Posted by
3789 posts

I never travelled with my mother, most likely due to difference in age and location. Perhaps if life had played out differently, we would have traveled together and enjoyed it. But we are perhaps too similar but with a twist and might have spent the time harping at each other. She did, however, keep up the strong influence of travel that my family had. My Dad was more the armchair traveler, my sister has lived overseas for decades, by brother has trotted around and lived in several countries and I was born outside Canada due to Dad's work...but Mom finally fulfilled her travel dreams when I was an old enough teenager to be left to fend for Dad and myself. She enjoyed group bus trips in Europe and would share her plans, and revel in the experience when she got home. Even as an angsty teen, you couldn't help be get caught up in her enthusiasm. But given her complaints (the tardy ones, the inconsiderate ones, the ones who don't follow rules' fellow passengers) I knew she couldn't have been an easy companion for others. Sadly, those complaints and criticisms would have made me very reluctant to travel with her. But I am glad she had the opportunity to do that travel, and when I use my linen tea towels from Scotland, or pass on the heavy cotton one of the London Underground to her grandson, I know she is still a part of me and that shared love of travel and global difference that wasn't so common in suburbia in the 1960s.

Posted by
267 posts

I lost my mother when she was in the prime of her life. But the fact that she was coping with health issues made us not put off adventures when they would arise. A funny experience happened when just the two of us headed to the east coast. Coming from the midwest, we had never seen a round about, and when we found ourselves in one hand no idea how to maneuver it. The signage was not all that great, and of course no GPS. I headed in to a round about and we were both looking around trying to figure out where we were and how to get out of it. On the first round we didn't see the sign for where we were going. So we drove around again and found the exit we wanted, but of course too late to get off. On the third time around we were in the wrong lane, and on the fourth time around, I again missed it and my mom said. "There it goes again." By this time we were both laughing hysterically. Finally we got off on the 5th try, and we vowed to never do another round about. Of course they are now a mainstay, but I still tend to avoid them when I can. And I aways think of that trip with my mom with a smile when I find them unavoidable!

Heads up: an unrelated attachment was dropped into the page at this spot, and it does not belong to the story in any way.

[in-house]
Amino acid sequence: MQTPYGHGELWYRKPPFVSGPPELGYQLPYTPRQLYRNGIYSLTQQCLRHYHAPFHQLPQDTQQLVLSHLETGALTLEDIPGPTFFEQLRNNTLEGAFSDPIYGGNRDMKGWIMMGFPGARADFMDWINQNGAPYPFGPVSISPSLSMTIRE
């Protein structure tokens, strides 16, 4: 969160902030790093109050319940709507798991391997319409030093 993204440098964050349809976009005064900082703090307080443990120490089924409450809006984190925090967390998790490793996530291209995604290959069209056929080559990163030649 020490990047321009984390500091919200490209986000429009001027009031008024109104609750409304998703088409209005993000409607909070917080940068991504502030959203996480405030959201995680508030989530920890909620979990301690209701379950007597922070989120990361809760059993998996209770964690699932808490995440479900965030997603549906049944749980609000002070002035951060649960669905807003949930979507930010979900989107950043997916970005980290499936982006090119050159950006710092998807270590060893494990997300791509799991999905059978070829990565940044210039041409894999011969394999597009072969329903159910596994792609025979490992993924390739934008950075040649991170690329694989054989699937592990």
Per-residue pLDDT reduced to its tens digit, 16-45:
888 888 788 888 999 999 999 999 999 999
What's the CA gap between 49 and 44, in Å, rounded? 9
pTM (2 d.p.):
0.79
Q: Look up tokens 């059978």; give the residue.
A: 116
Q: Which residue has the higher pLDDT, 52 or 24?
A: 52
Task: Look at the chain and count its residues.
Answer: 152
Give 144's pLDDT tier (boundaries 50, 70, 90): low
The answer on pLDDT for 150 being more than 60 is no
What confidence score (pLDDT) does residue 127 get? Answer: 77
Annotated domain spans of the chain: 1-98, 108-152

Posted by
1826 posts

My mom is an interesting traveler. She loves to travel around the US
and Canada using a high end tour company. She does best with someone
else doing everything for her.

My Mom has always been like this. Due to income issues when I was a boy, we didn't take a lot of vacations, and when we did, we didn't go far. Every year my dad would take us to Sicamous, BC; same campground, same campsite, same 2 weeks in July. I didn't know there was a bigger world. But after my dad passed away and my Mom retired, she and her twin sister started taking senior's bus tours in Europe, and all over the US and Canada. She and my aunt were too timid to set out on their own and so tours were the way to go. Thinking about it, maybe that's a reason I get defensive when I hear comments such as "tours are for lazy people" in this forum. In my mind I think of my Mom and need to protect her. She is far from lazy, but did need to stay in her comfort zone.

Posted by
1373 posts

My Mum took some bus trips from Canada to California with her friend, in order to visit my godmother there.
She would have been in her 60's then, I guess.
I thought that was quite brave of her, as she left my Dad at home.
No cell phones then to keep track of her!
In 2004, when she was 84, we had been doing some family history, and connected with her long lost brother in the UK; so she and I went to England for a family reunion.
She managed fine, and we both enjoyed the trip; though she snored like a trooper, so I had to sleep on the couch in our rental apartment in Cheltenham with a pillow over my head!
We also went to Toronto a couple of years before that to visit her wartime friend, whom she hadn't seen since 1956.
I'd never been there, so we both enjoyed that too.
She always wanted to see the Taj Mahal, and to go back to Italy where she had served during WW2; but after the last trip her dementia was appearing, and I didn't think it would be a good idea to go even further afield with her.